Nick Wright reveals why the NBA needs to act after Zaza Pachulia’s dirty play on Russell Westbrook

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Reflecting on Zaza Pachulia's controversial foul where he fell dangerously on Russell Westbrook, Nick Wright reveals why the NBA needs to do something about Zaza Pachulia, going as far to question why the Golden State Warriors would even want or need a player like him who has such an extensive history of dirty plays. What should Adam Silver do?

- Listen, Golden State, Hive, don't send me the Zapruder film of Nick Young's knee hitting Pachulia's leg. This guy theoretically is a professional athlete. He falls a lot. That's how Durant almost blew out his knee last year, Pachulia's histrionic falling. He didn't need to fall that way, if he needed to fall at all. He didn't need to aim his hand for Russell's crotch while falling right on Russell's legs. This guy has no place in the best league in the world. None.

- So you don't even think he should be in the league?

- We have blackballed players for less. Why does the NBA need Zaza Pachulia? Why did the Warriors-- the most talented team ever, a team with four Hall of Famers, two MVPs, the two best shooters of all time, Steve Kerr's their coach-- why do they need this guy? What good is it?

- I'll tell you. Look, I agree with you. First of all, he didn't even fall. He purposely fell. I'm saying he didn't have to fall. He didn't trip. He went at Westbrook. I heard Kevin Durant after the game say, "Oh, I looked at the replay, Nick Young's leg." No.

NICK WRIGHT: Nonsense.

- He purposely went at Westbrook. It was a terrible play, terribly dirty. I think he should be suspended for a game.

NICK WRIGHT: Sure. And then cut.

- Send a message, and the league should tell the Warriors, look we're watching him. We got a tape. I mean, you got tapes of him hitting guys, you know, kicking guys--

NICK WRIGHT: Ending Kawhi's season.

- Last year, he pushed Westbrook down, looks at him like he's a boxer. Ending Kawhi's season. But where I differ with you is that he shouldn't be in the league. I don't know if that's hyperbole, you're joking.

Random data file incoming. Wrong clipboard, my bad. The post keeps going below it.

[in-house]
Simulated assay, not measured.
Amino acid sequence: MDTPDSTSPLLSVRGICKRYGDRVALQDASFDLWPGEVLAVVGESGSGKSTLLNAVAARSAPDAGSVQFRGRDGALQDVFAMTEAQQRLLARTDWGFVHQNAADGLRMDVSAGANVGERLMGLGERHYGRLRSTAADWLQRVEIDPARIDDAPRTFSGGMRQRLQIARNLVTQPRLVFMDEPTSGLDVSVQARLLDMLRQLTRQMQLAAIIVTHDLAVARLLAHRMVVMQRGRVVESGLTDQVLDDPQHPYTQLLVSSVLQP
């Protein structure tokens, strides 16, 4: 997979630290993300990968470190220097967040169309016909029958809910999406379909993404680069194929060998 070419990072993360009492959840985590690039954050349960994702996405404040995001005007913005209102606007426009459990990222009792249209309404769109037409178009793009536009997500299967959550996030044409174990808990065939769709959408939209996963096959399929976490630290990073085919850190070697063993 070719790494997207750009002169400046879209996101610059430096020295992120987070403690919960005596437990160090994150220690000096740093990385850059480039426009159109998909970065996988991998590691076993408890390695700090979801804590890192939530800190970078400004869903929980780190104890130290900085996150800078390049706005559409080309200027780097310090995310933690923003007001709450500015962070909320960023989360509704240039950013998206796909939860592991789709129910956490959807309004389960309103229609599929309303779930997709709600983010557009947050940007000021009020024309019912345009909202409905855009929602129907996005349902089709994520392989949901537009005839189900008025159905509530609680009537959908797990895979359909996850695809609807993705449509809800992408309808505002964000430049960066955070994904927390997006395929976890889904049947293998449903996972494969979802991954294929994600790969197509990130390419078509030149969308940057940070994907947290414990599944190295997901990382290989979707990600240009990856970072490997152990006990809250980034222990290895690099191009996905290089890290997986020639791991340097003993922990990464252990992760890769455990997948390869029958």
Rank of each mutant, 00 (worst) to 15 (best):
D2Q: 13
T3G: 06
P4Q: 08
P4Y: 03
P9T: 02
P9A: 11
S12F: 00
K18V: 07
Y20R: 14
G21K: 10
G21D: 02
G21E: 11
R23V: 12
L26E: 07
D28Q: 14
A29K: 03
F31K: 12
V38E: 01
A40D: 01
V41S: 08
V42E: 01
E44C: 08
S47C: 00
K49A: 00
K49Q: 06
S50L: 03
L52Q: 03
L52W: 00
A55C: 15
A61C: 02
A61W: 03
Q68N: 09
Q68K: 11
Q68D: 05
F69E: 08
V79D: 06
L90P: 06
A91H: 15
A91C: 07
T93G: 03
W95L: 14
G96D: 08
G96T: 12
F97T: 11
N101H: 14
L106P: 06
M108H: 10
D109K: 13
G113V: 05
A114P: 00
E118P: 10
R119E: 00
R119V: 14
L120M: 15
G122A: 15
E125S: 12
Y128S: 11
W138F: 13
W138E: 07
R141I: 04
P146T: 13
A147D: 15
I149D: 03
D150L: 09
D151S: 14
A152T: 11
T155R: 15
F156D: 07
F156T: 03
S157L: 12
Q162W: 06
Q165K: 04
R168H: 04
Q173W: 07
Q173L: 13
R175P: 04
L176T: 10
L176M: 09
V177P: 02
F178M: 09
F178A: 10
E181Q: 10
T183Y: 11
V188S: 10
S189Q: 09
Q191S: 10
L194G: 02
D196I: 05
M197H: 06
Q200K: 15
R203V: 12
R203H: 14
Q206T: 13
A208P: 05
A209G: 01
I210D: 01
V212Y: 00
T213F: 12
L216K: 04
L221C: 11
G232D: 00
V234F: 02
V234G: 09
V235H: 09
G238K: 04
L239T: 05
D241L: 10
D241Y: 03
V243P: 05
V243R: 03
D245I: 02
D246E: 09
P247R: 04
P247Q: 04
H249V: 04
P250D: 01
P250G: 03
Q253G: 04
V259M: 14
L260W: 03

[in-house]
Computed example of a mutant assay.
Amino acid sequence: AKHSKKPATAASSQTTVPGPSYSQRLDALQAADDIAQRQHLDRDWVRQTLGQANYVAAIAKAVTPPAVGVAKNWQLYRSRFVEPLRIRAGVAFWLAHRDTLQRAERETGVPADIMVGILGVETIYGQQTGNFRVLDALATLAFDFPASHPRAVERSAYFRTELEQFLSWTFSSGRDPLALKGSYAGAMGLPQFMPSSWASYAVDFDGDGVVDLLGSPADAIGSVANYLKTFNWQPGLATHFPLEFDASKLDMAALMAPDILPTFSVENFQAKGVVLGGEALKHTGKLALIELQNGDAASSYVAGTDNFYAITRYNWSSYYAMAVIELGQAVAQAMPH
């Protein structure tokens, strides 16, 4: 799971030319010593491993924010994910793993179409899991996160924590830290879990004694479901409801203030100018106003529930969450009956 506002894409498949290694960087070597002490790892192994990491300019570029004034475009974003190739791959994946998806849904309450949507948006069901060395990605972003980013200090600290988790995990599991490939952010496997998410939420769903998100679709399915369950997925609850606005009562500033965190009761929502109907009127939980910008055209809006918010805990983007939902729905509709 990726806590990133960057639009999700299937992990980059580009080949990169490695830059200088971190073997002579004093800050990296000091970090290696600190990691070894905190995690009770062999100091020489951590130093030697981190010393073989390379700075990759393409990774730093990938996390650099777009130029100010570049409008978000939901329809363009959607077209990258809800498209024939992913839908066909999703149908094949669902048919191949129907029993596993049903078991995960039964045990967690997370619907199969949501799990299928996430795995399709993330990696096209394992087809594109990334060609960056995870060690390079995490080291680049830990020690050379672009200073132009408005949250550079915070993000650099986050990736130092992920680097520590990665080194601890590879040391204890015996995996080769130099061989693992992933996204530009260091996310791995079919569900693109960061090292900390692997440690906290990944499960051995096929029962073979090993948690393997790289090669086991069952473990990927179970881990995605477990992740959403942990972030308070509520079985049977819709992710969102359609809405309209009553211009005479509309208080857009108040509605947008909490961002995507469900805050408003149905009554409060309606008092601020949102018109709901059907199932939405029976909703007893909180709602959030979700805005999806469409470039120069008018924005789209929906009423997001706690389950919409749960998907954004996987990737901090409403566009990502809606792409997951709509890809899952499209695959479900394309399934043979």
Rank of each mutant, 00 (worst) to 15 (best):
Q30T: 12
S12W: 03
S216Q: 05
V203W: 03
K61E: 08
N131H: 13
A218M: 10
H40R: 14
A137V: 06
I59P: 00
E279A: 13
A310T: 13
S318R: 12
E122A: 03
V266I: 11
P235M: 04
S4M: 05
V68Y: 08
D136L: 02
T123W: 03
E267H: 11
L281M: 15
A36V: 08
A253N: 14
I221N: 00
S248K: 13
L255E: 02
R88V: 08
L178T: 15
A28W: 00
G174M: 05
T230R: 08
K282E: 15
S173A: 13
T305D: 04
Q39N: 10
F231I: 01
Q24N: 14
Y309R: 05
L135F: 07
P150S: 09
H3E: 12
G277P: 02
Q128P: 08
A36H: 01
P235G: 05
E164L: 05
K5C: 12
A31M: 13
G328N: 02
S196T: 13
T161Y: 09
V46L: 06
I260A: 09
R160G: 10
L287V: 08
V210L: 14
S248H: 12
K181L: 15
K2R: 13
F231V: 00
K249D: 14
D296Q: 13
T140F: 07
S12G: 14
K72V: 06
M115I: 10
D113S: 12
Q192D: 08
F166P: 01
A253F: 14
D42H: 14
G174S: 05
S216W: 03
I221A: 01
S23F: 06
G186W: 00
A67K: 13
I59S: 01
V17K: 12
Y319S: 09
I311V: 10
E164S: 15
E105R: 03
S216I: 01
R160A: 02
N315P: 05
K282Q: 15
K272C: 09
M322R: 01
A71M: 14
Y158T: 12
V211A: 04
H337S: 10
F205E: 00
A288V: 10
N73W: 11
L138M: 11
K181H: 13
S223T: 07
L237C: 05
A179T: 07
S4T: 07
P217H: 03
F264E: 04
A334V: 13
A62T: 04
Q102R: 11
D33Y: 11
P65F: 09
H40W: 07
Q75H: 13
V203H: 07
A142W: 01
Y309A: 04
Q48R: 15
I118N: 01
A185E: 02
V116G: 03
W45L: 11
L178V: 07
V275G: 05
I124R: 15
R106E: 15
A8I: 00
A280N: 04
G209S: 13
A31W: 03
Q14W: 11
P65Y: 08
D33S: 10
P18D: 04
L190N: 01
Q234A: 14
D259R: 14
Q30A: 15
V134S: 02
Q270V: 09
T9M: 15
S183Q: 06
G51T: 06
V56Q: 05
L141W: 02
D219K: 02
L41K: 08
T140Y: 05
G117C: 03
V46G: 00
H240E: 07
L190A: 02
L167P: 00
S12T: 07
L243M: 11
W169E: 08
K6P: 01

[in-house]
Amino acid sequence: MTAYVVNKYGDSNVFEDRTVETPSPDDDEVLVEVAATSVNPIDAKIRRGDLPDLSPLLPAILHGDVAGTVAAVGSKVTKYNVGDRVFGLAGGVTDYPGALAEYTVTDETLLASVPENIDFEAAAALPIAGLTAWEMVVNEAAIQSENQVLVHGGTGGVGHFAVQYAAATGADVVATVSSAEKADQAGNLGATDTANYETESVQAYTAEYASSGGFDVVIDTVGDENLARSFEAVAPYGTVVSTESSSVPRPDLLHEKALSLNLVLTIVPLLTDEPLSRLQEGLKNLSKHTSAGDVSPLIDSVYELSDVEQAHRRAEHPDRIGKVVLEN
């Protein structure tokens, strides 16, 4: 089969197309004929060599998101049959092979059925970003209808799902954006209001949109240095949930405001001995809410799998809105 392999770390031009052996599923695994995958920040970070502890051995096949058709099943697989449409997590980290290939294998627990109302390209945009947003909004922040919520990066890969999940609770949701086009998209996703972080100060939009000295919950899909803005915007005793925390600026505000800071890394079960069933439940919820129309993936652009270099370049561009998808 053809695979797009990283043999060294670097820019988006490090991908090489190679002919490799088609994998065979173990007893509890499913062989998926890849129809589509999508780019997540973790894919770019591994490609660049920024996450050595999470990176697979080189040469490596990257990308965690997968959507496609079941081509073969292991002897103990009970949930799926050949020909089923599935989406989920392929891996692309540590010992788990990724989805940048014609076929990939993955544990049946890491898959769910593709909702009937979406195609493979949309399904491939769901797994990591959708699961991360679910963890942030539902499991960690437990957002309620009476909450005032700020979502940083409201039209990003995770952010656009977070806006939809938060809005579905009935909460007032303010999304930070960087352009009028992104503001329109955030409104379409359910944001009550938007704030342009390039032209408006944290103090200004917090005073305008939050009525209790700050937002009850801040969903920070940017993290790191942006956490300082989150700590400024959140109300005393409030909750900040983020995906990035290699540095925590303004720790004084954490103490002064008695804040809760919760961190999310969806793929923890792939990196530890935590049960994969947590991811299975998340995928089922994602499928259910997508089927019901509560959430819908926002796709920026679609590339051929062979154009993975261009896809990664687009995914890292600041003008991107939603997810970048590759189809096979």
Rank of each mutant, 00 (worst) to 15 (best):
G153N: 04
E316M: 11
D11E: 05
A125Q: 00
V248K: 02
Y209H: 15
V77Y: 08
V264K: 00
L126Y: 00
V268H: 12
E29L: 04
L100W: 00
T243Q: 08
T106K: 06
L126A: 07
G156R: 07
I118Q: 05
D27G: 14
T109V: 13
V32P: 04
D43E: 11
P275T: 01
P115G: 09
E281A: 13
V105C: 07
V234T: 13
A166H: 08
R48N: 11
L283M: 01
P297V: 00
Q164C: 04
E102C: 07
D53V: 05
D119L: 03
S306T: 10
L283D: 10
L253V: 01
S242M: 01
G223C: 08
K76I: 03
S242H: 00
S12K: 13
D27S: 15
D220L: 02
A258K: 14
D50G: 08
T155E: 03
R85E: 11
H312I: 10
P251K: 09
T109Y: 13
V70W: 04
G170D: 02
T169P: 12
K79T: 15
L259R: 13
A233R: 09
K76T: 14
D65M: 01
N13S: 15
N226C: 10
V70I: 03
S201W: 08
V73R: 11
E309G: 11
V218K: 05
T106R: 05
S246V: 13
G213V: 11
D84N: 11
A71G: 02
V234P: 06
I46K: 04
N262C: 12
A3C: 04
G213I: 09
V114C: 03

NICK WRIGHT: It's none of the above. I don't think the NBA should kick him out for this, obviously. I'm simply saying, I don't know why a team would want him. He's putting--

COMMENTATOR: He gives them an intimi-- he's not a tough guy, he's not scaring guys. But the fact that you don't know what he'll do.

- That's absurd.

COMMENTATOR: Guys have to think about that.

- I hate that--

COMMENTATOR: Look, he's the type of guy you love to have, you hate to play against.

- No, you don't love-- here's why you don't love to have him. A, I mentioned it already. He injured Durant last year with this nonsense. And B, he's going to get one of his teammates hurt in retaliation, because if Zaza does this, guess what? They're not going after Zaza. They might go after Steph. They might go after KD. I just don't-- He ended Kawhi's season and people are--

And Kawhi, by the way, hadn't been the same since. Now, I know that was an ankle injury and there's a quad injury, but I've talked to enough doctors about the kinetic chain, that when you deal with an injury to one part of your lower extremities sometimes the rest of your body overcompensates. We don't know what that was.

We saw him throw one of the dirtiest elbows in league history at now teammate David West when they were both on different teams years ago. He is a, to paraphrase Dave Chappelle, a habitual line-stepper. And I'm done with it.

- Here's the thing. You've had guys like this, iconic guys. Bill Laimbeer was worse than that. That whole Detroit Bad Boys team, Rick Mahorn. John Stockton. Ask players around the league. He was viewed as one of the dirtiest--

NICK WRIGHT: Agreed.

- --if not the dirtiest, player in the league. I'm not saying I like what he does. I'm just saying we don't kick him out of the league because of it.

- Here's the difference between what you're describing and Zaza. First you mentioned three guys on the Pistons. They were called The Bad Boy Pistons. They were considered a dirty team, and the league was different. Then you mentioned John Stockton. Absolutely no question, one of the dirtiest screen setters ever. That guy was also awesome at basketball. He was a great-- one of the 30 greatest players of all--

- So because he's not a star he shouldn't be in the league? That's why he's in the league.

NICK WRIGHT: Exactly my point. If your only reason for having a roster spot is your team gets a mental edge because other players are afraid you might intentionally injure them, why be out there? Do we have guys in the NFL, it's like, listen the guy is not fast enough to get to the quarterback. He's a bad player.

JENNA WOLFE: No, they do in hockey. They're enforcers.

COMMENTATOR: Yeah, you do in hockey.

JENNA WOLFE: They do it in hockey.

- Yeah, but this ain't hockey.

JENNA WOLFE: Exactly, but you just said, do they do it in football? They don't do it in football. They do do it in hockey. Does a guy like this come out there and all of a sudden-- like you said, does it even give you a 5% mental edge to have a guy like Zaza?

- If he was worthless otherwise--

NICK WRIGHT: He's worthless.

- --he wouldn't be starting on one of the best teams we've ever seen.

JENNA WOLFE: Best teams in the league.

- He starts to take the tip, he then plays 12 minutes, gets two fouls, two cheap shots and he's done.